SAN FRANCISCO (KGO) -- Gumps's department store along Post Street in San Francisco's Union Square neighborhood is considered an institution. News of the 157-year-old retailer filing for bankruptcy late last week has shocked and saddened it's loyal customer base.
It survived the 1906 earthquake but it has joined a number of department stores that have not been able to withstand competition from online retailers.
Diane Clark, a Salt Lake City resident had never been to the store until Monday, but says Gump's played an important role in her life for decades. "Oh no! The store did that? Oh no, oh no. Well, I'm sure sorry about that because I enjoyed their catalog for many years and kept some of them," she said.
Others, like Victoria Gray and her husband registered their wedding gifts at Gump's. They waited outside the shop before it opened at 11 a.m., fearing they wouldn't be able to access their items or use a $15,000 store credit. "I grew up in San Francisco and Gump's has always been an institution. When we got married I was really excited to register here. When we heard the news over the weekend we were very, very sad. But also we were nervous because we wanted to pick up all our gifts, our china and silver."
Carol Hartman has her own memories of shopping at Gump's. "Oh my gosh, I'm devastated by this, honestly. I registered here almost 30 years ago and it was an amazing fun experience. My daughter and I get Christmas ornaments here every year and it's a special trip for the holiday season."
For many, this is a sign of the times for the city. Union Square has seen numerous retailers and restaurants close in recent years because of soaring rents.
Barbara Chronowski lived in the city decades ago, but still visits frequently. "I come back and I realize the lovely things that were here in the 70's and 80's are fast disappearing. Things are becoming more high-tech and lovely shops that used to be on Sutter Street are all gone."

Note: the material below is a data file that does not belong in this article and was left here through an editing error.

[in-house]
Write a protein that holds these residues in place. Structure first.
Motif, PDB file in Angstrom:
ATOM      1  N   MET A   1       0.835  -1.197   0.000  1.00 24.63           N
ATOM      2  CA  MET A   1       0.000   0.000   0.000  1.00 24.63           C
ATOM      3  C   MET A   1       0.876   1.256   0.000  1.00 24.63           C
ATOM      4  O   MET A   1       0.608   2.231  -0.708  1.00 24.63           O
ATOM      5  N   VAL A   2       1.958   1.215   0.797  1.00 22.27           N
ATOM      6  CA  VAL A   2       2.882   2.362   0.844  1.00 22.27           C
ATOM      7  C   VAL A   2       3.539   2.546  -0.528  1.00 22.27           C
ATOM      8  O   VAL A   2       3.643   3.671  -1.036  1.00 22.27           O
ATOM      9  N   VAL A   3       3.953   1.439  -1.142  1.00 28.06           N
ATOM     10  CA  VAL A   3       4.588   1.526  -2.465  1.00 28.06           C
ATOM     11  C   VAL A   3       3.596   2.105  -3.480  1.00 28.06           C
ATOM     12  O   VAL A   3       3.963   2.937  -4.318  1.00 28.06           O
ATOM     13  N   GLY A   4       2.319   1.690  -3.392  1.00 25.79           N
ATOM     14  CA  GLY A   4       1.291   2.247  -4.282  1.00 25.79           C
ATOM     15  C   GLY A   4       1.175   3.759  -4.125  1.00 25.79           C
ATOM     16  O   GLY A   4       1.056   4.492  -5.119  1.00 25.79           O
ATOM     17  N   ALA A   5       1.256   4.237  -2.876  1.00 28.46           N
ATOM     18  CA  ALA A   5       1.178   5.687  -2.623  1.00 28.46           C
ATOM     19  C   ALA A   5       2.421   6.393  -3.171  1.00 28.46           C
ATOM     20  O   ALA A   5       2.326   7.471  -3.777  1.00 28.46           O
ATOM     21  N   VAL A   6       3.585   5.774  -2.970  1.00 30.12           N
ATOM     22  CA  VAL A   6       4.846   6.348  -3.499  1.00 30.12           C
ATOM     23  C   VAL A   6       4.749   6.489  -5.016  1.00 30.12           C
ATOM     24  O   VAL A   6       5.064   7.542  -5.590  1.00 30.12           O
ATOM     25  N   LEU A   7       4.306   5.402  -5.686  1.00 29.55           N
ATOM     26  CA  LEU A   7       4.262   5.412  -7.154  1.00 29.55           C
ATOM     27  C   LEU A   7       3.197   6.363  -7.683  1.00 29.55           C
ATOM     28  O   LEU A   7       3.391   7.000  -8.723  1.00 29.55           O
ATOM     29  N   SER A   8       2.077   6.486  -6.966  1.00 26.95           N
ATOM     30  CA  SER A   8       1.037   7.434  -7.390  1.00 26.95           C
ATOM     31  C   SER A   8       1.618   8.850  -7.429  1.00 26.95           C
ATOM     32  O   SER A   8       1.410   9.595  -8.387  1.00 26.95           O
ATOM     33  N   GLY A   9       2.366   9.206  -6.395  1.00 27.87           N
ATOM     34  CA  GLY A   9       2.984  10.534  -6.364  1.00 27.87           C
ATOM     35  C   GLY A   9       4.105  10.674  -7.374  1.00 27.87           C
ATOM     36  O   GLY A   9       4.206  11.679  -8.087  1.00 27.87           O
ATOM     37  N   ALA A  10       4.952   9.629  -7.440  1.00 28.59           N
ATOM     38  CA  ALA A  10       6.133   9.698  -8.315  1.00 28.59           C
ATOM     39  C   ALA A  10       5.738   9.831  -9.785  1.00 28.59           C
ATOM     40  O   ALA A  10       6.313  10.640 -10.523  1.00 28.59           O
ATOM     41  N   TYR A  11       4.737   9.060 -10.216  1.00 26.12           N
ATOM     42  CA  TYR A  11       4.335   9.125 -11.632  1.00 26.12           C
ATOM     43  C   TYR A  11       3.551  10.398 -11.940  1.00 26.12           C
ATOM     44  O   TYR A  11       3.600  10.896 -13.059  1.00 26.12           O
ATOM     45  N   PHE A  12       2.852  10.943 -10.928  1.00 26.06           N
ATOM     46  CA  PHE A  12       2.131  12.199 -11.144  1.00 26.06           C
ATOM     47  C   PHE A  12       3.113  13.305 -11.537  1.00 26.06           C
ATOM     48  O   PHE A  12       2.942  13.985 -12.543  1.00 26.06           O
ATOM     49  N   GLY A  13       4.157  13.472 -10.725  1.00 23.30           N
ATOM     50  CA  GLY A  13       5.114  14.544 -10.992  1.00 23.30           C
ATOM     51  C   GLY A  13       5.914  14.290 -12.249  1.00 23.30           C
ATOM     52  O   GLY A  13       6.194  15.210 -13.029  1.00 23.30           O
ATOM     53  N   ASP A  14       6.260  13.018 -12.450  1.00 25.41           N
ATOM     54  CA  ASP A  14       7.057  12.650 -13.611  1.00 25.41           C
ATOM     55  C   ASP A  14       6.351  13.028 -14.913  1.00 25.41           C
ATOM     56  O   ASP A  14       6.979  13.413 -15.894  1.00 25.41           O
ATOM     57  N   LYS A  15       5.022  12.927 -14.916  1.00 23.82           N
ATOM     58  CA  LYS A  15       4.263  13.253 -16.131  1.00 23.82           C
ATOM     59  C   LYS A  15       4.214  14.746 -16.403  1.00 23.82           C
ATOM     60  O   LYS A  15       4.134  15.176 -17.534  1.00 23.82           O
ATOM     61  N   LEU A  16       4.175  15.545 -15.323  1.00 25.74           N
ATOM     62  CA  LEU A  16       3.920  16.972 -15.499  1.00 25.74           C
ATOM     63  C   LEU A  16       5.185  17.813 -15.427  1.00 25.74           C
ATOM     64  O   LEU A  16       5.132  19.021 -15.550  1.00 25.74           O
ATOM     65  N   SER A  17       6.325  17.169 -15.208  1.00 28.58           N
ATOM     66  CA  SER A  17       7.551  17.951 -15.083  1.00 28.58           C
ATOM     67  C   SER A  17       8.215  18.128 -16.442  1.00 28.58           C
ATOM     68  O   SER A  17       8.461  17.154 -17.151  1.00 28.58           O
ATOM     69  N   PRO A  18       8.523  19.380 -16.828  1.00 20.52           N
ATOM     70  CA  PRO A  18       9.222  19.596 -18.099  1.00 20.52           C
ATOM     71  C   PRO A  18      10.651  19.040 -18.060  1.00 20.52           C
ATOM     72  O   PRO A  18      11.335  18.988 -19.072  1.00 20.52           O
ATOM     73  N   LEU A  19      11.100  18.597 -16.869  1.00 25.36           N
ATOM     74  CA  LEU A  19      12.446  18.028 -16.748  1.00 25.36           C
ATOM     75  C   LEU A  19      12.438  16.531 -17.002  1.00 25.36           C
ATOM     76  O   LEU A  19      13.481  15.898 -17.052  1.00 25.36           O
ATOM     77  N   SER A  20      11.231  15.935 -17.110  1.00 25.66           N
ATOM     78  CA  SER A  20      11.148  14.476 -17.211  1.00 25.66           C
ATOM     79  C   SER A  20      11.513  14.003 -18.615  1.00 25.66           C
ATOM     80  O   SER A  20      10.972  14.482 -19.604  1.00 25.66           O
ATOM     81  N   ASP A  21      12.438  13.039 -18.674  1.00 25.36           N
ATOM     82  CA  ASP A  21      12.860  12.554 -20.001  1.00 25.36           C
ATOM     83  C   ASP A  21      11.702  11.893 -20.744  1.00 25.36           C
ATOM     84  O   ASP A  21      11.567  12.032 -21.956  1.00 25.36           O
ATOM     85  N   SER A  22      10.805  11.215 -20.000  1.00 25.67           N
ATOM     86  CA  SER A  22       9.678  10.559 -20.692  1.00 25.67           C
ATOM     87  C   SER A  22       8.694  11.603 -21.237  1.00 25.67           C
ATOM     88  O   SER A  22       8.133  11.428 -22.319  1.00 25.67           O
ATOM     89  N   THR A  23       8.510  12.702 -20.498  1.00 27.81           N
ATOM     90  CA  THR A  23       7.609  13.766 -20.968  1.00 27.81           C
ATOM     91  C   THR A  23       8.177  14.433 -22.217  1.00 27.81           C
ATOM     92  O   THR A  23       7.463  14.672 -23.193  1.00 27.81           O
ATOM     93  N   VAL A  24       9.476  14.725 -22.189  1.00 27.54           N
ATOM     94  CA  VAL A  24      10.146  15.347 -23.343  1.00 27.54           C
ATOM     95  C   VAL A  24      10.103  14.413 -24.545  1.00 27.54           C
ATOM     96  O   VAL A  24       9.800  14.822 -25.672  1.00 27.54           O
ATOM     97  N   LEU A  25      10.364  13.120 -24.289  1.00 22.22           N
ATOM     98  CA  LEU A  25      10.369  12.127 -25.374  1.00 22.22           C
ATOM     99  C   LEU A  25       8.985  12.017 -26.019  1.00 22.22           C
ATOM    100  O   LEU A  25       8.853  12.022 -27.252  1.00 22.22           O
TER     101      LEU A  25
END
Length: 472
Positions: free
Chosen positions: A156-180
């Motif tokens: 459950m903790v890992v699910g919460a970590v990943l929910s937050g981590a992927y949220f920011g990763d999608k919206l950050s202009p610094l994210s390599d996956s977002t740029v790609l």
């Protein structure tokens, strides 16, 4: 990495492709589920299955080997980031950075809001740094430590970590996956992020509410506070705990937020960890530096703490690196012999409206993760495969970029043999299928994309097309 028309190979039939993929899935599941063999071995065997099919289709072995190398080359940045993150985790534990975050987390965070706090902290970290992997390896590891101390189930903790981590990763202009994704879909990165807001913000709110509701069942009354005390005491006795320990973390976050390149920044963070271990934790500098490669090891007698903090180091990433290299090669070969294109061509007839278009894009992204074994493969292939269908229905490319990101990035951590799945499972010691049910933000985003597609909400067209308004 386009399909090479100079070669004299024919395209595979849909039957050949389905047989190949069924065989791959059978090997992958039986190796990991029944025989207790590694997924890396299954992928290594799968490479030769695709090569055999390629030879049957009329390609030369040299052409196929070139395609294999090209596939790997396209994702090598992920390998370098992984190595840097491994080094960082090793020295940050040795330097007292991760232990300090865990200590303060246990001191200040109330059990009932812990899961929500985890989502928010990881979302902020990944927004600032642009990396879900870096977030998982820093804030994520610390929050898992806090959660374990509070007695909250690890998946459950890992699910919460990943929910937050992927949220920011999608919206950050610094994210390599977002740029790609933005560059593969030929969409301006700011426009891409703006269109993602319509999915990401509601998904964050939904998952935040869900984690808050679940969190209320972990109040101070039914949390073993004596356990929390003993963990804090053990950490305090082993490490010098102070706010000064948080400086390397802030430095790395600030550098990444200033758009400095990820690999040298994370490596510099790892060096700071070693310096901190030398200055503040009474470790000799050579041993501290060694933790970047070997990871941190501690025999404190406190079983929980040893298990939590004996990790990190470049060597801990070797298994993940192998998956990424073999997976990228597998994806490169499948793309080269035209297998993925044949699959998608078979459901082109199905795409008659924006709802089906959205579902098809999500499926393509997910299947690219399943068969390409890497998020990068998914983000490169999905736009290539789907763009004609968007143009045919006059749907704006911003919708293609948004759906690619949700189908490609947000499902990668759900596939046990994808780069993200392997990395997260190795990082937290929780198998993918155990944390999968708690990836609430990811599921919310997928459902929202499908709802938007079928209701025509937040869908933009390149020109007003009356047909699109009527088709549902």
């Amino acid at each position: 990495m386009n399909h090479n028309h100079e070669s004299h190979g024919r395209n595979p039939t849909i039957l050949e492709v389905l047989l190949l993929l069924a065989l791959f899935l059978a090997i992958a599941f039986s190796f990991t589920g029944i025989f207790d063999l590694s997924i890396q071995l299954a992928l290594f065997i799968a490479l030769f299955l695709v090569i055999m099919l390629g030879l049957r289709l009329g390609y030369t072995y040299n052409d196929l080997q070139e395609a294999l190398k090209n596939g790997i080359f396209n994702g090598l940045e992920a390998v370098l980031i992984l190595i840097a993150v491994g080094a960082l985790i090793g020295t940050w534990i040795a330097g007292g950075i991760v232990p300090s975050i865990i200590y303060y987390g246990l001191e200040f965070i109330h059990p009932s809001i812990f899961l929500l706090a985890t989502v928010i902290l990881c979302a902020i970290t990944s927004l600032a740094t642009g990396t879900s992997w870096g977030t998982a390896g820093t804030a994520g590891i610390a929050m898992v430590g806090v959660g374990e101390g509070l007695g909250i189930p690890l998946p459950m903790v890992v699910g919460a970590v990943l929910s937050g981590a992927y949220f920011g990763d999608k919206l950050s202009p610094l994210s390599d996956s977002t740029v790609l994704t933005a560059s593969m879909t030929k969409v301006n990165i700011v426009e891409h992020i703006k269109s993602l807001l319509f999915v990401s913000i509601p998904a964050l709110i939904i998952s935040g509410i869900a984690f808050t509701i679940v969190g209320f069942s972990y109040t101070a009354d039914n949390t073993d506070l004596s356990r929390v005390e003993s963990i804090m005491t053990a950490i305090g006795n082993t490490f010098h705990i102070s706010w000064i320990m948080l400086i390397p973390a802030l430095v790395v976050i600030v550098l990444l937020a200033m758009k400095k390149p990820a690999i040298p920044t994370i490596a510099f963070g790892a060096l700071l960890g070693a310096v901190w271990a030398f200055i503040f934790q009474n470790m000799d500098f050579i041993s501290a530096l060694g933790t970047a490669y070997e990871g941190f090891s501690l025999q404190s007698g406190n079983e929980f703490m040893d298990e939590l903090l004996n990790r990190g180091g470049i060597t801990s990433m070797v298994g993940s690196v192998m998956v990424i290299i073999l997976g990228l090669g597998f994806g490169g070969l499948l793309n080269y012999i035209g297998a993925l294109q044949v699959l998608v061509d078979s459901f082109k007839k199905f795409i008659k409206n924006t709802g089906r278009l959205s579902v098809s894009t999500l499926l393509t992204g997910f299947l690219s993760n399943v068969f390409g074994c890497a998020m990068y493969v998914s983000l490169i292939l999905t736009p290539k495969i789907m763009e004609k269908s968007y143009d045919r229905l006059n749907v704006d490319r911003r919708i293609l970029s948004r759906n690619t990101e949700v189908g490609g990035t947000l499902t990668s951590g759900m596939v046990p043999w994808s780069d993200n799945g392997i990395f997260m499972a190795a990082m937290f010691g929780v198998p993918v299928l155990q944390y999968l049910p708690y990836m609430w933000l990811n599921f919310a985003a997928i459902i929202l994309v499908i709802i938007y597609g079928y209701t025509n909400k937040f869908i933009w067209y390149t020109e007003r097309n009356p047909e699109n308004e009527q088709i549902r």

According to their website, Gump's started as a frame and mirrors store, founded by Gertrude Gump in 1861. Since then, they catered to the new wealth of the gold rush, becoming a purveyor of jewelry and luxury goods.
"It was very prestigious to receive a wedding gift from Gump's" says Chronowski.
Customers like Hartman believe the bankruptcy filing could be a result of changing tastes. "They have a very specific style that may not appeal to millennials. There are a lot of them who don't get married anymore and registries are different."
While the retailer continued to pay their debts and try to sell the business, Tony Lopez, COO of the company released a statement in part saying in part: "we will continue to seek a source of capital to enable this storied brand to continue to service its devoted customers."
An attorney for the company says there are potential buyers for Gump's but details can't be disclosed at this time. The company reports $61 million in assets and $64 million in liabilities in its bankruptcy filings.
Customers say they're not having luck returning items in store and can no longer place orders.